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The European Health Insurance Card (formerly known as the e111 card), or more commonly known as the EHIC card, is one of the many benefits that residents of the European Economic Area (EEA) can get.
E111 Cards provide EEA residents with the chance to access state-provided healthcare in EEA countries other than their own without having to spend so much on it. This is very advantageous especially for those who have existing medical conditions that need regular treatments or those who find themselves in medical emergencies during their travels.
Planned medical treatments are not covered by the EHIC, but these can be arranged under different conditions.The European Health Insurance Card, more commonly known as the EHIC, is one of the many benefits that residents of the European Economic Area (EEA) can get. It provides EEA residents with the chance to access state-provided healthcare in EEA countries other than their own without having to spend so much on it. This is very advantageous especially for those who have existing medical conditions that need regular treatments or those who find themselves in medical emergencies during their travels. Planned medical treatments are not covered by the EHIC, but these can be arranged under different conditions.
The good thing about the European Health Insurance Card is that they do not discriminate based on nationality. Anyone who has been living in an EEA country for a certain number of years is automatically eligible for the card. Of course, there are also other requirements that must be fulfilled before the resident can actually be an EHIC cardholder. These requirements will vary from country to country, so it is best to read up on the requirements and application processes of the country that you are living in.
Just like the requirements and application processes, the state-provided healthcare treatment policies also differ from country to country. Some countries offer the treatments for no costs at all while others would require for a patient share. There are also some countries that don’t accept the EHIC at all, so it is best to research on the country that you will be traveling to beforehand.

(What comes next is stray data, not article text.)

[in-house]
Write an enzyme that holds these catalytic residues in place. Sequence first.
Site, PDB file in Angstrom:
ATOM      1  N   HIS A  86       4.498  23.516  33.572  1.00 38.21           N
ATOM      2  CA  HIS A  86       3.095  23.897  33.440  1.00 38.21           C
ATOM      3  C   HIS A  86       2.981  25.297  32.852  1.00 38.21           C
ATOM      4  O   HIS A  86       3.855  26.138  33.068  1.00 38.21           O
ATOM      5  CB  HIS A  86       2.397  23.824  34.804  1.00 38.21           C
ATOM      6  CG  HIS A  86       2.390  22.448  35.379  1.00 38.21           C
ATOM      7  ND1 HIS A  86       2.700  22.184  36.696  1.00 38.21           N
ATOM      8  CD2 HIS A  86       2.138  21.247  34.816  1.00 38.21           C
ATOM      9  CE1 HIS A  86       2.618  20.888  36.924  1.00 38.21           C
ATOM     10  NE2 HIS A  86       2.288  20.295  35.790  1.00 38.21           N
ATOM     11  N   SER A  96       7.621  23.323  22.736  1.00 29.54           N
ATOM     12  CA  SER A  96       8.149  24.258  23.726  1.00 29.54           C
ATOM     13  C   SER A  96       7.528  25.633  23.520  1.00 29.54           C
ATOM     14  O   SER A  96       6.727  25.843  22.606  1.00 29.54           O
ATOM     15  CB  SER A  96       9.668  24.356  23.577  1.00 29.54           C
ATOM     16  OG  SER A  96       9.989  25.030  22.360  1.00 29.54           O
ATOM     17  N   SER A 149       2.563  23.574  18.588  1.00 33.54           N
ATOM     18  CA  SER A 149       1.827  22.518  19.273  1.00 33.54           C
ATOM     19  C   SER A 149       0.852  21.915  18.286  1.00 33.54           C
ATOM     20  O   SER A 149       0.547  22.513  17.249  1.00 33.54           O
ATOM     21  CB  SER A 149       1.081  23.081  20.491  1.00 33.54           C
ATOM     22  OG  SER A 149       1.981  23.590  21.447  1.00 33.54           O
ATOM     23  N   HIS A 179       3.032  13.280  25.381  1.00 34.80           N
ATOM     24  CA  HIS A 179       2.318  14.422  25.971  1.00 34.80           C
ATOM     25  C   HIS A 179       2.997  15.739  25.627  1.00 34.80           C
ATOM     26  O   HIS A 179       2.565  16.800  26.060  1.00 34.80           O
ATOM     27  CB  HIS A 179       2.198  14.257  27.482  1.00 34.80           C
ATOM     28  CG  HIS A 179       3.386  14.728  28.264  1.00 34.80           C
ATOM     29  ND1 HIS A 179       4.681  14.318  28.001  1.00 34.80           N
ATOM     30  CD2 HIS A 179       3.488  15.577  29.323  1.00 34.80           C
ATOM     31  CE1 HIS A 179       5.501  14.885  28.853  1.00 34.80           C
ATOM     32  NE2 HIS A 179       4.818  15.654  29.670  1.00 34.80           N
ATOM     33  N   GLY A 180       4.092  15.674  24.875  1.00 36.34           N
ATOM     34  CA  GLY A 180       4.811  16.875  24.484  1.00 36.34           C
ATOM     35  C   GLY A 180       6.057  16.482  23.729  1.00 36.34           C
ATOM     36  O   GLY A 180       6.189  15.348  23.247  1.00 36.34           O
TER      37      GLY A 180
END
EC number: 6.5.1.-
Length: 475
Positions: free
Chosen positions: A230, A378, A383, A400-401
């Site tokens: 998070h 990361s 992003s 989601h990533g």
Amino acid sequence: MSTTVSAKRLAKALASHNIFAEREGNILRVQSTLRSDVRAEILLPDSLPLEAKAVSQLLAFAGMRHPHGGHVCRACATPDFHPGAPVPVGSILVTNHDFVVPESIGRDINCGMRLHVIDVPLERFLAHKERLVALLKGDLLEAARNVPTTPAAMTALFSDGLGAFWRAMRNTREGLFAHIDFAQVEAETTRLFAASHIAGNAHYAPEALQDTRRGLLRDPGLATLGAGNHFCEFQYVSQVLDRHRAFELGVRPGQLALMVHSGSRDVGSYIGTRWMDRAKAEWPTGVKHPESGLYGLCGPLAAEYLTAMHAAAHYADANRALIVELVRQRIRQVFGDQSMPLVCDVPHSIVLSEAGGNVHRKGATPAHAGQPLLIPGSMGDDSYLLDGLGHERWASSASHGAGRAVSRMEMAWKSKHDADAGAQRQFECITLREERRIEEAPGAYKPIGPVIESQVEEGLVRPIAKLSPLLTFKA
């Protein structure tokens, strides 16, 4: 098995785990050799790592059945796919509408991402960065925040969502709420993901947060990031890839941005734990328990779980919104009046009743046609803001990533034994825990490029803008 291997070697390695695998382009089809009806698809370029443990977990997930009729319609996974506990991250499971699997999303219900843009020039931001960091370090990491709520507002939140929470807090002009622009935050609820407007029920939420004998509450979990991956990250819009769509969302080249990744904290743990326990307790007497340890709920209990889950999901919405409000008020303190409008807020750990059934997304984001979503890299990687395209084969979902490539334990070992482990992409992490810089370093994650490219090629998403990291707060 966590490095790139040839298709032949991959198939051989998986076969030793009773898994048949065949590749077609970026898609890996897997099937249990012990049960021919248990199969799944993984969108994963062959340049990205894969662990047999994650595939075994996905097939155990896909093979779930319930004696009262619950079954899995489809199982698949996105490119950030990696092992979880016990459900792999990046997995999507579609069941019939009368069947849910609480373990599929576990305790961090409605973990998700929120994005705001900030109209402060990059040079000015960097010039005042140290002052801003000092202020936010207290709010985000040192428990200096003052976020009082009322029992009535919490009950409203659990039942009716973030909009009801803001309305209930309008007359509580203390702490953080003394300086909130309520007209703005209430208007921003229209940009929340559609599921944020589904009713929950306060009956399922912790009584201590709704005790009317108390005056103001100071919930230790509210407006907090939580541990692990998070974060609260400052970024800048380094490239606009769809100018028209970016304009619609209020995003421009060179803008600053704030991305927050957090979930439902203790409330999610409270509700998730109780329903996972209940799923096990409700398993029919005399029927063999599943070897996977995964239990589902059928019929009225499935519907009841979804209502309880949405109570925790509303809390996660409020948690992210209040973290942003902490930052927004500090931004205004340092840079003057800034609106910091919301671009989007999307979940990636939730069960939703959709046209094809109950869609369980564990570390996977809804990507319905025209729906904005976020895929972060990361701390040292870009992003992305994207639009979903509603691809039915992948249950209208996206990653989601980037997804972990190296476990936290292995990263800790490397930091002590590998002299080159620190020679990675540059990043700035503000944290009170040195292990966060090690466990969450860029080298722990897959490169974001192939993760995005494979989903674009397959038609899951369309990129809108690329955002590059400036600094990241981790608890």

The EHIC lasts for five years, and is renewable as long as you stay a resident of the EEA country issuing it. The renewal is a very easy process and can even be done online, as long as you know your EHIC PIN.
With the e111 card, you can be sure to enjoy stress-free travels to countries around the EEA. It is definitely an advantage to have one along with your private travel insurance, especially if you are prone to sicknesses during your trips. UK residents traveling to non-EEA countries shouldn’t worry though, because they can also have access to healthcare treatments at reduced costs, provided that the country has an agreement with the UK.
An EEA Guide
The European Economic Area (EEA) is a group of countries that offer free trade with each other. These countries include Iceland, Liechtenstein, Norway, and all the countries in the European Union (EU). The group has regulations and agreements for a variety of trades, healthcare being one of them. Fortunately for Switzerland, the regulations on the latter also apply to them.
The provision for the healthcare in the EEA states that any EEA resident holding an EHIC can avail of state-provided healthcare as residents of that country. This means that if healthcare can be availed of for free by residents of a country, then European Health Card cardholders should also be able to enjoy this privilege.
It is important to note that the EEA healthcare provision is only applicable to emergencies and necessary routine care. Cardholders who need emergency medical treatments can call 112, the designated number for European emergencies. Calls to this number are free of charge and can be done on mobile or landline phones.
Again, each country will have its own policies on healthcare access, costs, and refunds. Listed below are just some of the countries included in the EEA that can offer these:
- Czech Republic
EEA residents traveling to any of these countries may use their EHICs in case of medical emergencies.
However, there are also some European countries that do not accept EHICs. These include the following: